The breakdown is as follows:
The core group is known as the Quendi. From there, they break into two, the Calaquendi (Elves of the Light) and the Moriquendi (Elves of Darkness). The distinction is that the Calaquendi beheld the light of the Two Trees of Valinor, while the Moriquendi did not.
The Moriquendi are then broken into two groups, the Teleri and the Avari. The Avari, as discussed, refused to heed the call. According to legend, the Orcs may be descended from those Avari who were captured by Melkor early on. Eventually the Avari would wander to the West and mingle with the other clans, but they would be unfriendly, jealous, and otherwise suspicious of everything and everyone. They would accuse the Noldor (whom we’ll get to momentarily) of arrogance. The Teleri would be broken into further groups. The first of these are the Valinorean Teleri (or Falmari), so named because they are the Teleri who followed the Great Journey and reached Valinor. More on them in a bit as they are part of the other great faction, the Calaquendi. The other Teleri groups are of the Moriquendi, and they are the Sindar, the Laiquendi, and the Nandor. The Nandor abandoned the Great Journey near the river Anduin. The Laiquendi splintered from them, known as the Elves of Ossiriand. The Sindar were the Teleri who remained in Beleriand who called themselves Edhil, meaning Elves, related to the Quenya word Eldar of the same meaning. As a touchstone of familiarity, Legolas is Sindarin. This is where we get the split in languages between Quenya and Sindarin, i.e., the High Elves vs. the Wood Elves. The Sindar then split into three further groups. The Iathrim live in Doriath, the Falathrim live in the Falas, and the Mithrim (Sindarin of the North) live across Northern Beleriand. It is this last group that suffers most from Morgoth’s attacks before the first rising of the Sun, and what remains of them is absorbed later by the Noldor who later reside in those lands.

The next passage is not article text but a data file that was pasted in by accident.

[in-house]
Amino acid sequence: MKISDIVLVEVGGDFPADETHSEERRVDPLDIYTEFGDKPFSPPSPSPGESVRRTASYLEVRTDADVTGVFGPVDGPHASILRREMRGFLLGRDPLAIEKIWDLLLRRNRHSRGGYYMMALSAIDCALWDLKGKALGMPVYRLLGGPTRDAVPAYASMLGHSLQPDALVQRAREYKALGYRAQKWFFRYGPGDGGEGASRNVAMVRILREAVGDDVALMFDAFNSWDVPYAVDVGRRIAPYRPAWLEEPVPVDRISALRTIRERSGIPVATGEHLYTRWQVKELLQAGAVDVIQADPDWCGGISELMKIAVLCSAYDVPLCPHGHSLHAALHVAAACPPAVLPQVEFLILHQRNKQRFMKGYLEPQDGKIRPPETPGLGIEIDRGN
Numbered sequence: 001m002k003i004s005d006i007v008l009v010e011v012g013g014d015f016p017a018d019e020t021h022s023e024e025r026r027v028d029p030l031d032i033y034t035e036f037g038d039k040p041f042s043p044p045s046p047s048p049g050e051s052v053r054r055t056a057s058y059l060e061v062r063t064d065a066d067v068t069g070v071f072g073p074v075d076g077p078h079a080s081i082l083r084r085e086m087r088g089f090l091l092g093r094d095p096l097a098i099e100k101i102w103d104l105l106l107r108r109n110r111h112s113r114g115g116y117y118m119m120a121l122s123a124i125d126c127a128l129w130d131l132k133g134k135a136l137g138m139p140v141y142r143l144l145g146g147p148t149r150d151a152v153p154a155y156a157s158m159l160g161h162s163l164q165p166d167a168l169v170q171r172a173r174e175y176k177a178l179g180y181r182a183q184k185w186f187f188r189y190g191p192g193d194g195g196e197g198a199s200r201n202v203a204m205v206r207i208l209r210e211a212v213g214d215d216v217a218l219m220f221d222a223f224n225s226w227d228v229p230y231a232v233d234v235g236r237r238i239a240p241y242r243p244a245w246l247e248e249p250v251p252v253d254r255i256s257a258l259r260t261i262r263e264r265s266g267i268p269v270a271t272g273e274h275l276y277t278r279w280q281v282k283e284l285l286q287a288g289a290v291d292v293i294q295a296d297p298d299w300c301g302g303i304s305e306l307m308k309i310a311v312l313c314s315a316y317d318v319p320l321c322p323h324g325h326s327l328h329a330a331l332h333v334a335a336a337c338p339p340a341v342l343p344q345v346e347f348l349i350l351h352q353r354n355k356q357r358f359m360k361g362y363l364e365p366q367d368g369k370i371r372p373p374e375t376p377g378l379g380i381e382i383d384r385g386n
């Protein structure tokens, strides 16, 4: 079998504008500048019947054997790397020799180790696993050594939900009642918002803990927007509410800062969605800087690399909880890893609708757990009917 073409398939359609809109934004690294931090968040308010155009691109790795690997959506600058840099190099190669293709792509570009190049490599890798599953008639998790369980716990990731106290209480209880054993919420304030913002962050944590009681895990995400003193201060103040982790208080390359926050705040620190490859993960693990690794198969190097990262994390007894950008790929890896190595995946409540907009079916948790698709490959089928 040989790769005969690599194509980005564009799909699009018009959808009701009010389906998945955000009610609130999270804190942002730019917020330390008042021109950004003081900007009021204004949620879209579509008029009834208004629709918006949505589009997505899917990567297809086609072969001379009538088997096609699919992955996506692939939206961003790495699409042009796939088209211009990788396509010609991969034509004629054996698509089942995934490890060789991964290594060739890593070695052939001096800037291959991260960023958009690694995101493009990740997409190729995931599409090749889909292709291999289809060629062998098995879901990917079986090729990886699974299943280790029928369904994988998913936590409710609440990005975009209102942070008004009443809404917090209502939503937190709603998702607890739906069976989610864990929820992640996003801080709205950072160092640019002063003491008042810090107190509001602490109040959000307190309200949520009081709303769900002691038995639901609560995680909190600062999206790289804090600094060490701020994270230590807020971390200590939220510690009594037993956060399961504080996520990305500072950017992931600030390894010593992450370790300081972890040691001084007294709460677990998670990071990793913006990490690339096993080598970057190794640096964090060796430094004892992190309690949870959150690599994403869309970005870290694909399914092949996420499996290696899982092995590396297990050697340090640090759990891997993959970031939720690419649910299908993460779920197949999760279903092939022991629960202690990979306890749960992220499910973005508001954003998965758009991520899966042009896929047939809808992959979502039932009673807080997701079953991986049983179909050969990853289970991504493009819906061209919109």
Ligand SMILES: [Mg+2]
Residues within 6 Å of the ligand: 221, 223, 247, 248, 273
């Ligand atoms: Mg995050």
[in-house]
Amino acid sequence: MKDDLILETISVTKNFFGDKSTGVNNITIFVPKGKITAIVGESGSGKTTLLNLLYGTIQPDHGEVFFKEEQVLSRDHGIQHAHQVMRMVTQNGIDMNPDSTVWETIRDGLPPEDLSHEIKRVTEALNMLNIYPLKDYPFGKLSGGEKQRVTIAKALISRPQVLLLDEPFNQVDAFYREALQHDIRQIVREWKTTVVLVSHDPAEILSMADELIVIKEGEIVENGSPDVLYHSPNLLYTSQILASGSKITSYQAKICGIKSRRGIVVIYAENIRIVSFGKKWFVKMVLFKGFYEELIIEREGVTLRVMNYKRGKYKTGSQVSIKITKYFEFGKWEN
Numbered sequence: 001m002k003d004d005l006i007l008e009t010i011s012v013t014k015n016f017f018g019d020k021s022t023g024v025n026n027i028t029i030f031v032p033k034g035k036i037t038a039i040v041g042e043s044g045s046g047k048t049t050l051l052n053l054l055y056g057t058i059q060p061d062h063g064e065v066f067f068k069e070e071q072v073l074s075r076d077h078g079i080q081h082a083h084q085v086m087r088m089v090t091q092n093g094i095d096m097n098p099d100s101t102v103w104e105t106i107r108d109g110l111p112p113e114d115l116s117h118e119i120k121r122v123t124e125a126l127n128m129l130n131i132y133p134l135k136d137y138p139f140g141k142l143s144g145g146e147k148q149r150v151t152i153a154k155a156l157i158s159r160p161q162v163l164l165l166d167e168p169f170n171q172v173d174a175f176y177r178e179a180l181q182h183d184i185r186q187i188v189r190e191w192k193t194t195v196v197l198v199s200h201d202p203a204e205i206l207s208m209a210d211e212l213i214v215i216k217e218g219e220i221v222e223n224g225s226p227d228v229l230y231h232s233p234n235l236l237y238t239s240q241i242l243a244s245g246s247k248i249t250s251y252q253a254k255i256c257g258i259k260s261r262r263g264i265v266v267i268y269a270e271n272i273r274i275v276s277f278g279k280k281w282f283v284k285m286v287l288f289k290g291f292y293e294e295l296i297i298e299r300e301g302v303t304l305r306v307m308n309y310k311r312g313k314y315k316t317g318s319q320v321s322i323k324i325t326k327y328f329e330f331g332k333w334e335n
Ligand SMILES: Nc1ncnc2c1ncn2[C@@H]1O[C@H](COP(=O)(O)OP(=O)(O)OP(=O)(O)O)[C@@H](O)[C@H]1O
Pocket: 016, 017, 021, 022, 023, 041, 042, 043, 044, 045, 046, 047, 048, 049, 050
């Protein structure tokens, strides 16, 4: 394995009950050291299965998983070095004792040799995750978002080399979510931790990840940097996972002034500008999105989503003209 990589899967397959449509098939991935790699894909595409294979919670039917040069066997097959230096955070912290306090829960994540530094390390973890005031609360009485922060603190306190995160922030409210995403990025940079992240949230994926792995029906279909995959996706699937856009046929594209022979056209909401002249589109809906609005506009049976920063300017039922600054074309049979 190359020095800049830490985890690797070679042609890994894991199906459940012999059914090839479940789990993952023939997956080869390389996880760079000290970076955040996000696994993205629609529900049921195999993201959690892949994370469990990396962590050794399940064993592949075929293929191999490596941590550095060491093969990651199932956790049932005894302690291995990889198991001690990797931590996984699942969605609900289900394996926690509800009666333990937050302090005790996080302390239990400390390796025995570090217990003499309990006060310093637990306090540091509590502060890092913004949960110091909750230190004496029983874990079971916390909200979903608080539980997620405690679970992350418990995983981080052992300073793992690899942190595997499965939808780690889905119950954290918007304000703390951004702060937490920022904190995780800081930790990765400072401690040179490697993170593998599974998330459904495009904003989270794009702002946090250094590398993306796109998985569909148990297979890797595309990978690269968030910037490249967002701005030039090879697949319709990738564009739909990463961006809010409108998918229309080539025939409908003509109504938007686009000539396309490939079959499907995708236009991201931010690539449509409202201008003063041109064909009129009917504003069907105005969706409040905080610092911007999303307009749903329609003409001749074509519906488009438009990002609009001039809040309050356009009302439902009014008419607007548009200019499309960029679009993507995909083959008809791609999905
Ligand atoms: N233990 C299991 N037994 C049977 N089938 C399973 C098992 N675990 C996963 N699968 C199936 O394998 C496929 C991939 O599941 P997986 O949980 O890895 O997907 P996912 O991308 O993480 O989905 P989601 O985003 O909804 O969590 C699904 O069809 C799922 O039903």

And that’s just the Moriquendi. The Calaquendi divide into the Eldar and the Teleri. These Teleri are the aforementioned Valinorean Teleri, or Falmari. They are one of the three groups of High Elves. The second of these three are the Vanyar, the highest of the High Elves as their clan was founded by Imin, the first Elf. They are the first to reach Valinor, and there they stayed. The final group is the Noldor. They are skilled in crafts and other knowledge, which they would pass to Men after their Exile. The Noldor are also known as the House of Finwë, who was their first ruler. Names among names to know for future reference from his House include Fëanor (he who created the Silmarils), Fingolfin (from whom the kings of Gondor are descended), and Galadriel. See, I kept my promise.
With these touchstones in place (and scorecards at hand), we can proceed to later chapters.